IPS UN: Inside the Glasshouse

Why So Many Palestinian Civilians Were Killed During Gaza War

The U.N. investigation into Israel’s devastating military campaign against Gaza, from July to August 2014, has been delayed until June and in the interim Israel and the Palestinians are waging a media war to win the moral narrative as to why so many Palestinian civilians were killed during the bloody conflict.

Opinion: Crisis Resolution and International Debt Workout Mechanisms

Debt restructuring is a component of crisis management and resolution, and needs to be treated in the context of the current economic conjuncture and vulnerabilities.

Opinion: Measurement Matters – Civic Space and the Post-2015 Framework

For those of us interested in a vibrant civil society, it seems to be best of times and the worst of times.

Cyclone Pam Prompts Action for Vanuatu at Sendai Conference

Cyclone Pam has not only caused unprecedented damages to the Pacific island of Vanuatu but also lent urgency to U.N. Secretary-General Ban Ki-moon’s plea that disaster risk reduction is in “everybody’s interest”.

Humanitarian Aid Under Fire Calls for New Strategies

In the face of the growing number of crises taking place at the same time worldwide, humanitarian aid organisations – many of which have already reached their financial and logistic limits – are in desperate need of global coordination.

Environmental Damage to Gaza Exacerbating Food Insecurity

Extensive damage to Gaza’s environment as a result of the Israeli blockade and its devastating military campaign against the coastal territory during last year’s war from July to August, is negatively affecting the health of Gazans, especially their food security.

Bamboo – An Answer to Deforestation or Not in Africa?

Deforestation is haunting the African continent as industrial growth paves over public commons and puts more hectares into private hands.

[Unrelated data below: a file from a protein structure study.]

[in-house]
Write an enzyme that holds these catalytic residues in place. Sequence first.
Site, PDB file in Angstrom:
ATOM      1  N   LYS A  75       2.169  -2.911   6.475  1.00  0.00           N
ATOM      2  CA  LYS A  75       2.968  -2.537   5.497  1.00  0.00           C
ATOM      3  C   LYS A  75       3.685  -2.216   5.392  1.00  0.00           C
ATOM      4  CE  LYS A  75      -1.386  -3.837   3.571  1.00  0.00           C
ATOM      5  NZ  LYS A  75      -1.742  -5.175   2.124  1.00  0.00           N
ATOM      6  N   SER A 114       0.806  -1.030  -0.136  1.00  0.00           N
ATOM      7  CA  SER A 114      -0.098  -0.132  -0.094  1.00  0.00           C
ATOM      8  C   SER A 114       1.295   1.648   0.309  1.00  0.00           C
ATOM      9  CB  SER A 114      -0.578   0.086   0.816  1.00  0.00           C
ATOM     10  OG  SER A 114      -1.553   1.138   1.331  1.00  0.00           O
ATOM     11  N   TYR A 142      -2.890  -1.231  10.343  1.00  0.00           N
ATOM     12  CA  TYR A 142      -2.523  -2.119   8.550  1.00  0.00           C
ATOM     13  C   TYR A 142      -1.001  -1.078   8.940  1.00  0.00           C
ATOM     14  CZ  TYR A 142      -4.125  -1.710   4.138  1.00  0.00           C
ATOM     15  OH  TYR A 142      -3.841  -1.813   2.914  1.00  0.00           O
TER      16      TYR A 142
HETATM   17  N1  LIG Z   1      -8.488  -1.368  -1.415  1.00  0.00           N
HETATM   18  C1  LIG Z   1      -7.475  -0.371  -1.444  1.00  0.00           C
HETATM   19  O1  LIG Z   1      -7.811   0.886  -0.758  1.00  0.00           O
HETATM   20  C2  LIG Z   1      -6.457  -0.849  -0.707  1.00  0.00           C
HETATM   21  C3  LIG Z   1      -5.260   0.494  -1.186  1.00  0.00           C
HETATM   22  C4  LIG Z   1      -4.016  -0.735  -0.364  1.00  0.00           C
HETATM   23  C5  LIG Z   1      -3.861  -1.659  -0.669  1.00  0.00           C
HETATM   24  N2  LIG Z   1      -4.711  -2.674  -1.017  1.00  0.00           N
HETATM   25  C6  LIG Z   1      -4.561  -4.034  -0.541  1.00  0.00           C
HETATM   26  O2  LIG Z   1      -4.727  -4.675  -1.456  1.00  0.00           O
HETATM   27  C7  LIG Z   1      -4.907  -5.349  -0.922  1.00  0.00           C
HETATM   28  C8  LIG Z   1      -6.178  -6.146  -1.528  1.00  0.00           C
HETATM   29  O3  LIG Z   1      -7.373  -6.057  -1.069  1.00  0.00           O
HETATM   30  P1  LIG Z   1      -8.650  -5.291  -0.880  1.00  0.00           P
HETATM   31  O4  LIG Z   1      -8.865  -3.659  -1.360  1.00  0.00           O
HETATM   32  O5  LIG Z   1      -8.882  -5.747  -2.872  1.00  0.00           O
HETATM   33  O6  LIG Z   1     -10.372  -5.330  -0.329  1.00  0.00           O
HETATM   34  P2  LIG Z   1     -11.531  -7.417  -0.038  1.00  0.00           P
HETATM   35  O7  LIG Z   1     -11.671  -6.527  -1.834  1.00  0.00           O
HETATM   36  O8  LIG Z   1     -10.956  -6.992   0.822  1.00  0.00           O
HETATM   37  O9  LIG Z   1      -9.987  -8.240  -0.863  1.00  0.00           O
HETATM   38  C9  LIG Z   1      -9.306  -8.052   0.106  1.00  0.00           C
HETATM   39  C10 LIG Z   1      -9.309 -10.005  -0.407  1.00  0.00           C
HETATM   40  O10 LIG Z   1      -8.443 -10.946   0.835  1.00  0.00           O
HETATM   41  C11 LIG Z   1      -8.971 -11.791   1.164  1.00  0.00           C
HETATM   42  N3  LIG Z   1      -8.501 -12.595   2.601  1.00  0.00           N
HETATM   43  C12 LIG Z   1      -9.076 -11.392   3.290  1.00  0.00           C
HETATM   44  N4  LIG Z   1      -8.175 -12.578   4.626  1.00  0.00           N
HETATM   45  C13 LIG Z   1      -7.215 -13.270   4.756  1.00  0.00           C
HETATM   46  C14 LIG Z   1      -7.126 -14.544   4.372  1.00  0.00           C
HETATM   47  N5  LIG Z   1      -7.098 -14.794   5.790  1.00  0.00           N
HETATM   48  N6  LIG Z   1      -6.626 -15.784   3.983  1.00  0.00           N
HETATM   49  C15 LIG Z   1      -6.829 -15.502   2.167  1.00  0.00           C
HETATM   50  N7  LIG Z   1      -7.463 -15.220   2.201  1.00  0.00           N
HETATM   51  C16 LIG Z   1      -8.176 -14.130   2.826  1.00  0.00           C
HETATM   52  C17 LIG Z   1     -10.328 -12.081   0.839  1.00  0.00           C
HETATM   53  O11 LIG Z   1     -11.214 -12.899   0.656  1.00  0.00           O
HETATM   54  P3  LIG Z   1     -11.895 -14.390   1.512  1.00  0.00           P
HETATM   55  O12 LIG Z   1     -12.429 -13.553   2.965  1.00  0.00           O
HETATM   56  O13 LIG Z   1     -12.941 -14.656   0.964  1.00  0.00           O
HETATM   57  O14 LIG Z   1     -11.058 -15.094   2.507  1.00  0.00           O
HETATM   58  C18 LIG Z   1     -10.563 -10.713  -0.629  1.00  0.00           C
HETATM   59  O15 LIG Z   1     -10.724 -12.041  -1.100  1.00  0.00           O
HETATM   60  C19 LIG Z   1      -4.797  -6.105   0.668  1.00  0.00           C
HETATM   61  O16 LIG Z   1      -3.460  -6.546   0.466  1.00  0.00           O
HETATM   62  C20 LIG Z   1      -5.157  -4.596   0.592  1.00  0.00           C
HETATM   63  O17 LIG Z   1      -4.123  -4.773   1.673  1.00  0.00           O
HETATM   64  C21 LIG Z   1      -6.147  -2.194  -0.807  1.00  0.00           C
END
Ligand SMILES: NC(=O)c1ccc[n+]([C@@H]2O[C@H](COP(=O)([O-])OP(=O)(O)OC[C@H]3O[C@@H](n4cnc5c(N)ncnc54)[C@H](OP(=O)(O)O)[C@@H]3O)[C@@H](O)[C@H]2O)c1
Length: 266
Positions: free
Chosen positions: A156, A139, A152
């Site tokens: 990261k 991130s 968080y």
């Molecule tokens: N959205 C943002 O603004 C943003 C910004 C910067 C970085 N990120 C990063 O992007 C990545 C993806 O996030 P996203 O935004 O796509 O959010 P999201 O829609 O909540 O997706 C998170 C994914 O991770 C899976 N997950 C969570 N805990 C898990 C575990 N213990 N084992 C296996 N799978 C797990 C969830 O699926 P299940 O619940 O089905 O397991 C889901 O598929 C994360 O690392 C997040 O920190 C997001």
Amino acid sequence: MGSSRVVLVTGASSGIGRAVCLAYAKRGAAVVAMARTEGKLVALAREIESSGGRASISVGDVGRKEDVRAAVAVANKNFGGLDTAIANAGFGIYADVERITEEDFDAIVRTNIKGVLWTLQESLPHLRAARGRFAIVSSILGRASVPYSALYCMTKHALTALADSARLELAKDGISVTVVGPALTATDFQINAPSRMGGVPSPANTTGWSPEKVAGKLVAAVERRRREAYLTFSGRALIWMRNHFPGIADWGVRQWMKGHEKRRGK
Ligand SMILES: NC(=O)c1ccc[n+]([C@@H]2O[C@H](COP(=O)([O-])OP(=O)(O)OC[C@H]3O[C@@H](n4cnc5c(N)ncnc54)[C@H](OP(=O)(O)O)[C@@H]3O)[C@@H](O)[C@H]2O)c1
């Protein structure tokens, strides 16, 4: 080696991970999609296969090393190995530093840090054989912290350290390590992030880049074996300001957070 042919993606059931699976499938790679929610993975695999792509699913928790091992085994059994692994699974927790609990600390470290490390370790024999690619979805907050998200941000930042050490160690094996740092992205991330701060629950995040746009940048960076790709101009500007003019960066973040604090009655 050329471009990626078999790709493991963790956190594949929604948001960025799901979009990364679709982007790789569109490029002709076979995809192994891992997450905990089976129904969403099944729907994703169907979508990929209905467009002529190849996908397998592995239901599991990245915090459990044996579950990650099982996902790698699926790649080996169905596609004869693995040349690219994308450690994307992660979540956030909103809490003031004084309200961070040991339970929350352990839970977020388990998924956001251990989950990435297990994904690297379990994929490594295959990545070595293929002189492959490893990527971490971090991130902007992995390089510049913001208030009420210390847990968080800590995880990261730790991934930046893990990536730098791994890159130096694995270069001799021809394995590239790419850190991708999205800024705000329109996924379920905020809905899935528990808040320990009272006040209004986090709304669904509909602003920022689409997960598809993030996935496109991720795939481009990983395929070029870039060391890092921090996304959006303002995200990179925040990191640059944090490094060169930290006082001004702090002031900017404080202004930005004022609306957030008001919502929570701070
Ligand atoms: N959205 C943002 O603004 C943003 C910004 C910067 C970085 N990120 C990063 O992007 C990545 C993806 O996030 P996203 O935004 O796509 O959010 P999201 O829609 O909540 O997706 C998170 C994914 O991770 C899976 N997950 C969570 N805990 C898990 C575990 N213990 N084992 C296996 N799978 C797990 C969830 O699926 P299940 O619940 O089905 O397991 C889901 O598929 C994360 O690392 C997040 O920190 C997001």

Gazan Fishermen Dying to Survive

The beautiful Mediterranean Sea laps gently onto the white sandy beach near Gaza City’s port. Fishing boats dot the beach as fishermen tend to their boats and fix their nets.

Indigenous Storytelling in the Limelight

In recent years, the Berlin International Film Festival, known as the Berlinale, has established a European hub for indigenous voices across a number of platforms, including its NATIVe – A Journey into Indigenous Cinema series and Storytelling-Slams in which indigenous storytelling artists share their stories before opening the floor to contributions from the audience.

The Two Koreas: Between Economic Success and Nuclear Threat

The two Koreas are an odd match – both are talking about possible dialogue but both have different ideas of the conditions, and that difference comes from the 62-year-old division following the 1950-53 Korean War.

Sri Lanka Gets Temporary Reprieve Over U.N. Report on War Crimes Charges

The 47-member Human Rights Council (HRC), responding to a request by the newly-elected government in Colombo, has deferred the release of a key U.N. report on human rights violations and war crimes charges against the Sri Lankan armed forces and Tamil separatists who fought a devastating decades-long battle which ended in 2009.

Zimbabwe’s Famed Forests Could Soon Be Desert

There’s a buzz in Zimbabwe’s lush forests, home to many animal species, but it’s not bees, bugs or other wildlife. It’s the sound of a high-speed saw, slicing through the heart of these ancient stands to clear land for tobacco growing, to log wood for commercial export and to supply local area charcoal sellers.

Dying in Childbirth Still a National Trend in Zimbabwe

For 47-year-old Albert Mangwendere from Mutoko, a district 143 kilometres east of Harare, the Zimbabwean capital, transporting his three pregnant wives using a wheelbarrow to a local clinic has become routine, with his wives delivering babies one after the other.

Zimbabwe Battles with Energy Poverty

Janet Mutoriti (30), a mother of three from St Mary’s suburb in Chitungwiza, 25 kilometres outside Zimbabwe’s capital, Harare, frequently risks arrest for straying into the nearby urban forests to fetch wood for cooking.

Africa Needs to Move Forward on Renewable Energy

Diversification of Africa’s electricity sources by embarking on renewable energy solutions – such as solar, wind, geothermal and hydro power – is being heralded as a solution to the continent’s energy poverty.

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